Across the Corn Belt, windy weather prevails east of the Mississippi River, especially in Ohio, in the wake of a departing storm system. Meanwhile, precipitation persists across Michigan but has ended in other areas of the Midwest. Some of Michigan’s precipitation has begun to change to snow or freezing rain.
On the Plains, isolated rain showers are occurring in Kansas and portions of neighboring states. March precipitation has significantly boosted moisture reserves across the central Plains, improving prospects for winter wheat and conditioning soils in advance of spring planting. It has already become the wettest March on record in locations such as Grand Island, Nebraska, and Goodland, Kansas, eclipsing marks established in 1987 and 1981, respectively.
In the South, recovery efforts are underway in areas struck by yesterday’s severe thunderstorm outbreak. More than a dozen tornadoes were spotted on Thursday from east-central Mississippi into northwestern Georgia, including a deadly storm in Calhoun County, Alabama. Early Friday, thunderstorms have weakened but linger across parts of the Southeast. In contrast, dryness continues to intensify across southern Texas and peninsular Florida.
In the West, a disturbance crossing the Intermountain region is producing scattered, generally light rain and snow showers. Despite recent precipitation, drought still covers nearly two-thirds (74.5%) of the 11-state Western region, according to the U.S. Drought Monitor, down slightly from 79.9% in early March. In Arizona, 88% of the rangeland and pastures were rated in very poor to poor condition on March 21, according to USDA/NASS.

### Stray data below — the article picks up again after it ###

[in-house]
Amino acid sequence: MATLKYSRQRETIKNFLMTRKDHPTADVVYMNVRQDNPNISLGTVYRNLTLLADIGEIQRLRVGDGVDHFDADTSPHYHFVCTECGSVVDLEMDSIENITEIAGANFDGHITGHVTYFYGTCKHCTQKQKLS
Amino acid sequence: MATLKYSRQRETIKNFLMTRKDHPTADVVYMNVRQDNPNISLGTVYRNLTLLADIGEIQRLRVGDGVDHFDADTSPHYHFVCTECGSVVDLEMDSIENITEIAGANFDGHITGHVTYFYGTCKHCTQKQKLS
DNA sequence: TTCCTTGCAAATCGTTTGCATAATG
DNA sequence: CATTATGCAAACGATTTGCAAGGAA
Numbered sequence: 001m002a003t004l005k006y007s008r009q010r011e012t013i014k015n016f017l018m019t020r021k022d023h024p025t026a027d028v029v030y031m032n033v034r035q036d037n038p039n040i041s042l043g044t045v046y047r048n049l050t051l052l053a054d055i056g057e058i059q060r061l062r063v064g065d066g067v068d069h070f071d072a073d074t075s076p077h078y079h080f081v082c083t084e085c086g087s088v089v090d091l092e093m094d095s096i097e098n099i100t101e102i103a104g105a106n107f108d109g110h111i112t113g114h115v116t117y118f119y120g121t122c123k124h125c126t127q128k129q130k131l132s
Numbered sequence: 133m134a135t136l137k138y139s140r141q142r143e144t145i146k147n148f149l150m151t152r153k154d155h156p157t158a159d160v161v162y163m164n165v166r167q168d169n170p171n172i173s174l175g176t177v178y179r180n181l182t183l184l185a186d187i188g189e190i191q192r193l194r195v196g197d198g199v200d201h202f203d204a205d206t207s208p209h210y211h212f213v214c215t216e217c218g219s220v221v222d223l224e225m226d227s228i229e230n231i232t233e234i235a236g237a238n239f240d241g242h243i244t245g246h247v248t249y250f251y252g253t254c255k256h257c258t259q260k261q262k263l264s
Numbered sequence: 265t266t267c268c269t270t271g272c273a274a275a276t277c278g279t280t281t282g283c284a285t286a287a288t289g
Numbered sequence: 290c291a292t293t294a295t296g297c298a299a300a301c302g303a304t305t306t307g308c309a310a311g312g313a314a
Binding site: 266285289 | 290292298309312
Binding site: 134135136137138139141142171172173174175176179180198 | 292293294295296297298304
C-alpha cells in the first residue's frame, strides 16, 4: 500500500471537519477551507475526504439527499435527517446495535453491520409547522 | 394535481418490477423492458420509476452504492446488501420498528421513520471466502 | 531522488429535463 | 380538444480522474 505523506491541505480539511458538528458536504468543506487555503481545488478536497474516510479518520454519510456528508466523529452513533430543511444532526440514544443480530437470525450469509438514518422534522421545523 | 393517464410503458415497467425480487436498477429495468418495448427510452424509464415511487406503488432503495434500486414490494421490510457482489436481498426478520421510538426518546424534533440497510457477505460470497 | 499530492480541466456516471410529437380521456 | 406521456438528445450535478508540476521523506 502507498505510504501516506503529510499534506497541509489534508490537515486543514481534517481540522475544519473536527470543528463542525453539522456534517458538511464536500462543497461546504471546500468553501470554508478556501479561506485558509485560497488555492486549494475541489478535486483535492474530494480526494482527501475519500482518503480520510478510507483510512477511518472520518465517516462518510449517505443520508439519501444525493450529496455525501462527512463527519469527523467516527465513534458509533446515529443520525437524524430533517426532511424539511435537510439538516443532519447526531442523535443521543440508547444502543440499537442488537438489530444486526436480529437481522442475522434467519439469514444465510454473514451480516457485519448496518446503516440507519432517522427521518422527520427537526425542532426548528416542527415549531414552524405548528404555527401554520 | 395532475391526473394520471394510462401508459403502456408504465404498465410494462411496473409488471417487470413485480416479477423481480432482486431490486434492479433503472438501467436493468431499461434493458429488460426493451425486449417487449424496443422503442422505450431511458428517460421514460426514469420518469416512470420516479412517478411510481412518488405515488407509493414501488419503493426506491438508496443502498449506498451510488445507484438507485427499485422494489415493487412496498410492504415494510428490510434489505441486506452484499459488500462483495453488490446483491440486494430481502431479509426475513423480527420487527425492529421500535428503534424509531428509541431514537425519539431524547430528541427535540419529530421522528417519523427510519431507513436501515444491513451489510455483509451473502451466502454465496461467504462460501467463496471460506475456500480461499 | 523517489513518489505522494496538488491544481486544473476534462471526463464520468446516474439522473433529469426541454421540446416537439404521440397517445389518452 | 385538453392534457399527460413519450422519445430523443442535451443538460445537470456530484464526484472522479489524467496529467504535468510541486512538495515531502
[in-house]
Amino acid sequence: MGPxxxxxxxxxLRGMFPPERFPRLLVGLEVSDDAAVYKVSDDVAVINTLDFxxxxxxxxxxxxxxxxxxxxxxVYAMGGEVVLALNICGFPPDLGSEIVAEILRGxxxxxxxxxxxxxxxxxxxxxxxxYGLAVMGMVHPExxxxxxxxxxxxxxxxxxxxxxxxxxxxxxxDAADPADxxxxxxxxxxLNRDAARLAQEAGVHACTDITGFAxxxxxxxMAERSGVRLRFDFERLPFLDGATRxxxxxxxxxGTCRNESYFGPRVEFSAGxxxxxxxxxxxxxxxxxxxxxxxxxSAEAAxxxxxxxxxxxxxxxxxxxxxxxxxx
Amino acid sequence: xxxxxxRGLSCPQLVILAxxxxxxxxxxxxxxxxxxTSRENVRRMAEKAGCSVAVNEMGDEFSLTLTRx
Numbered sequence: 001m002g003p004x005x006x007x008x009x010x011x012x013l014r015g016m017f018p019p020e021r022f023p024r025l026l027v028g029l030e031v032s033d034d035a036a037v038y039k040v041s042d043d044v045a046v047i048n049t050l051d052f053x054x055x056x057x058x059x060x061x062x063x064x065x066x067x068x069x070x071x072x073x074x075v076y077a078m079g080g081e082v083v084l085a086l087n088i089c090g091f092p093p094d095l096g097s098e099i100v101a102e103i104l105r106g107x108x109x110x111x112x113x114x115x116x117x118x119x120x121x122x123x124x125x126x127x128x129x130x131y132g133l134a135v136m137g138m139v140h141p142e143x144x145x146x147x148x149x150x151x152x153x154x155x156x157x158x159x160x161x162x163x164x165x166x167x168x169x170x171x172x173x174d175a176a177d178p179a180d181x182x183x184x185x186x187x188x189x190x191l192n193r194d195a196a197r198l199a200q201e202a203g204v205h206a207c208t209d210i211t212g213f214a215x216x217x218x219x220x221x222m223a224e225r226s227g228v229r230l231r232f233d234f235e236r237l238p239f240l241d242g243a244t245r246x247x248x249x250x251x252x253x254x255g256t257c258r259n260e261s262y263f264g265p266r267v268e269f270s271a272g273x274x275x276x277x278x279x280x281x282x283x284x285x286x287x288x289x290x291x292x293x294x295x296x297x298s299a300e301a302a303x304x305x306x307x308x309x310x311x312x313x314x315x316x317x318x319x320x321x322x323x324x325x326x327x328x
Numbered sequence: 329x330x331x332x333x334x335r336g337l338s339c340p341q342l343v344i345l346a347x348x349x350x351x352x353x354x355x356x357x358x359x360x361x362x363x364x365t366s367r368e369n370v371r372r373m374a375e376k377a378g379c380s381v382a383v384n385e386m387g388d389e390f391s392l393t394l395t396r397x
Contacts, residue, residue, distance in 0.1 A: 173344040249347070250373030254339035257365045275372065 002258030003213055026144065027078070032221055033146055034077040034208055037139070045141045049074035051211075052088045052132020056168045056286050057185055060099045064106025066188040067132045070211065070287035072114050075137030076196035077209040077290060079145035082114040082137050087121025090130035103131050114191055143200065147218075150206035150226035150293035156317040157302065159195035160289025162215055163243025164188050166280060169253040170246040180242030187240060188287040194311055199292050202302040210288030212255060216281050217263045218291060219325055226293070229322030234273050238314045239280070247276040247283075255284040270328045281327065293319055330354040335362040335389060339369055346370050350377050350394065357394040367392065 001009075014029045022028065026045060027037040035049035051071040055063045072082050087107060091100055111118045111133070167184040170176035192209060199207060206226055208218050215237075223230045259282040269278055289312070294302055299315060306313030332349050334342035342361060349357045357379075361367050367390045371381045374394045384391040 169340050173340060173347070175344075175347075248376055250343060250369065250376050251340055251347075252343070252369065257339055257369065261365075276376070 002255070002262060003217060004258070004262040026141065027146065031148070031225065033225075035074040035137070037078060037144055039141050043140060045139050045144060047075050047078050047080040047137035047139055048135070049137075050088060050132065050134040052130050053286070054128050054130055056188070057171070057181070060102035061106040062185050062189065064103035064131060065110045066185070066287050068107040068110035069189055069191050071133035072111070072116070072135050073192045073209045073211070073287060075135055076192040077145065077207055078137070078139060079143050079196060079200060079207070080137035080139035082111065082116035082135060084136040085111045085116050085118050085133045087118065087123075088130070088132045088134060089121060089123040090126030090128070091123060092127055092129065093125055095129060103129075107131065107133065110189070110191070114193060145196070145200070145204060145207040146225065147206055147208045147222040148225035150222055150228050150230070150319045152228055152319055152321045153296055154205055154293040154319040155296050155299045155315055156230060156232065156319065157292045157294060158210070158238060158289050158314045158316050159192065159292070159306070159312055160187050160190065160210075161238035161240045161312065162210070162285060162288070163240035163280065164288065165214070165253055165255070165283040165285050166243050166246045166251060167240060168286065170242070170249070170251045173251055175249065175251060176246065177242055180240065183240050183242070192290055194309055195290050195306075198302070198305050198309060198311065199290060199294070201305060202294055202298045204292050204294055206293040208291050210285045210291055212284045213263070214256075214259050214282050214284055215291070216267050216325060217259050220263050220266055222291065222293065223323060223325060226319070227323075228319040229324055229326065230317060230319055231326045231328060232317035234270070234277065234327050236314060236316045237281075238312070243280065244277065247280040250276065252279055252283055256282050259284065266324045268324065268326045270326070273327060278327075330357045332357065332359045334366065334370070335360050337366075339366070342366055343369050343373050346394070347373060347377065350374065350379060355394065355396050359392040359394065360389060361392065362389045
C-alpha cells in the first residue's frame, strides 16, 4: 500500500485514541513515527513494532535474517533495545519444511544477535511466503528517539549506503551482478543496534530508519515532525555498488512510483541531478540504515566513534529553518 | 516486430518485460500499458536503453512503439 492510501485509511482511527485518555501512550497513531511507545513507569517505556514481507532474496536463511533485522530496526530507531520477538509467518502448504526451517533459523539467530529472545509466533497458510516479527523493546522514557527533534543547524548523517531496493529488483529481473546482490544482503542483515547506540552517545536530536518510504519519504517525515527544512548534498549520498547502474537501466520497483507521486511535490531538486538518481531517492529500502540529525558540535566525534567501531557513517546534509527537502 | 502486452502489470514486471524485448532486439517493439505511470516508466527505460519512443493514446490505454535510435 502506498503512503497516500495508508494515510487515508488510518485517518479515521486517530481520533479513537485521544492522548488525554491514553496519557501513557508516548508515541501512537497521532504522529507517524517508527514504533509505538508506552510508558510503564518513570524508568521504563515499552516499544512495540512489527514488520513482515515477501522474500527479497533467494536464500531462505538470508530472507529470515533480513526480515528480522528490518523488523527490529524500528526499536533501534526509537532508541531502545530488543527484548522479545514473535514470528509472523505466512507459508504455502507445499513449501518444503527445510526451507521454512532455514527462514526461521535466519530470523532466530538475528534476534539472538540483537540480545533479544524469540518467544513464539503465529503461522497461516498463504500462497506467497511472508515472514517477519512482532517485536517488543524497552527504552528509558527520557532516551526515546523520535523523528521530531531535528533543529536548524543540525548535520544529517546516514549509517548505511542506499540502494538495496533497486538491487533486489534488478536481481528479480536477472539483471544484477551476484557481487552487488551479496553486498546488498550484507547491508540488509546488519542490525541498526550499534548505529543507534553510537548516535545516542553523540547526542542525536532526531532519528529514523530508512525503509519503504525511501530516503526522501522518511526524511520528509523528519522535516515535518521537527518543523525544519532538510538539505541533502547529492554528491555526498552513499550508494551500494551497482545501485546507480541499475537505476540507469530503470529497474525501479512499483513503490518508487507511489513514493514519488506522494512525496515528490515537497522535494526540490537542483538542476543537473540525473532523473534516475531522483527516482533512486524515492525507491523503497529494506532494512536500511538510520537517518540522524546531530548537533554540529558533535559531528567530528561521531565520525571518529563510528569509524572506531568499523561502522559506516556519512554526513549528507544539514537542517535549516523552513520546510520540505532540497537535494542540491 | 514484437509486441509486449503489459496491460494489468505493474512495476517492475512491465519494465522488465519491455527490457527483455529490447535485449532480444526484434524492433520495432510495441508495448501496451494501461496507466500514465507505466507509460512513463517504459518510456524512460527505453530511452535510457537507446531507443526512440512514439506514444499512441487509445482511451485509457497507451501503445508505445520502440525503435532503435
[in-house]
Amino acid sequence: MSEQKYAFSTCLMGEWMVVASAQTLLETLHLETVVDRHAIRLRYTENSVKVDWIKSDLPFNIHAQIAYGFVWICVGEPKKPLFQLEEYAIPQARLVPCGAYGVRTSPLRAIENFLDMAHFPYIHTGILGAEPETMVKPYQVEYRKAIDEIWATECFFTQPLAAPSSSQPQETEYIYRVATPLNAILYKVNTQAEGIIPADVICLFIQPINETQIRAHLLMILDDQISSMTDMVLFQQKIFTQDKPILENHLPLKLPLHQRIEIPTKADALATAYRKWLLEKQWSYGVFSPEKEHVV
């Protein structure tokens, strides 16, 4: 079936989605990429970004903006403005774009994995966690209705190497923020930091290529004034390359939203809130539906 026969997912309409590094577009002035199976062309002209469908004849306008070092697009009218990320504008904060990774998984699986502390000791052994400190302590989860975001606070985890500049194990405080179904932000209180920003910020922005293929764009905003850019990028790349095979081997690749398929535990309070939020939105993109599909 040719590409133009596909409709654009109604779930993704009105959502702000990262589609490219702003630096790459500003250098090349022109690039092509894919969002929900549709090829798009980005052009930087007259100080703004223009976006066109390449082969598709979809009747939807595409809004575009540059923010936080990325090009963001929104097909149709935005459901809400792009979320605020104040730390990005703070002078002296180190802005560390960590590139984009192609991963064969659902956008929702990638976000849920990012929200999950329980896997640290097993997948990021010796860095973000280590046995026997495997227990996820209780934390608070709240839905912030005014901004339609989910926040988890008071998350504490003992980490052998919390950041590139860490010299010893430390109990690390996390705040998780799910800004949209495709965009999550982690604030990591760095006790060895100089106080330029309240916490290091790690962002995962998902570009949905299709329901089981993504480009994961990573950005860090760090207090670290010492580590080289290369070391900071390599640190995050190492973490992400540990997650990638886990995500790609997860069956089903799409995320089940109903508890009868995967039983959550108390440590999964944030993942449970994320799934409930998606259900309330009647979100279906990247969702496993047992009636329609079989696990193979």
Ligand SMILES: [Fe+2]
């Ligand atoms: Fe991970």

A storm system currently crossing the Great Lakes States will move eastward across northern New England later Friday. During the weekend, a new storm will develop over the south-central U.S. and follow a similar path, reaching the lower Great Lakes region on Sunday. That system could produce 1 to 3 inches of rain, as well as another round of locally severe thunderstorms and isolated tornadoes, across the interior Southeast. Other areas in the eastern half of the U.S. will receive weekend showers. Early next week, a Pacific storm system will move inland near the U.S.-Canadian border. Although parts of the northern U.S. will experience colder, windy weather and scattered rain and snow showers, significant impacts should be limited to southern Canada.
Looking ahead, the 6- to 10-day outlook calls for the likelihood of above-normal temperatures across much of the northern and western U.S., while cooler-than-normal conditions will stretch from the southern Plains into the Southeast, excluding southern Florida. Meanwhile, near- or below-normal precipitation across most of the country should contrast with wetter-than-normal weather in New England and southern sections of Florida and Texas.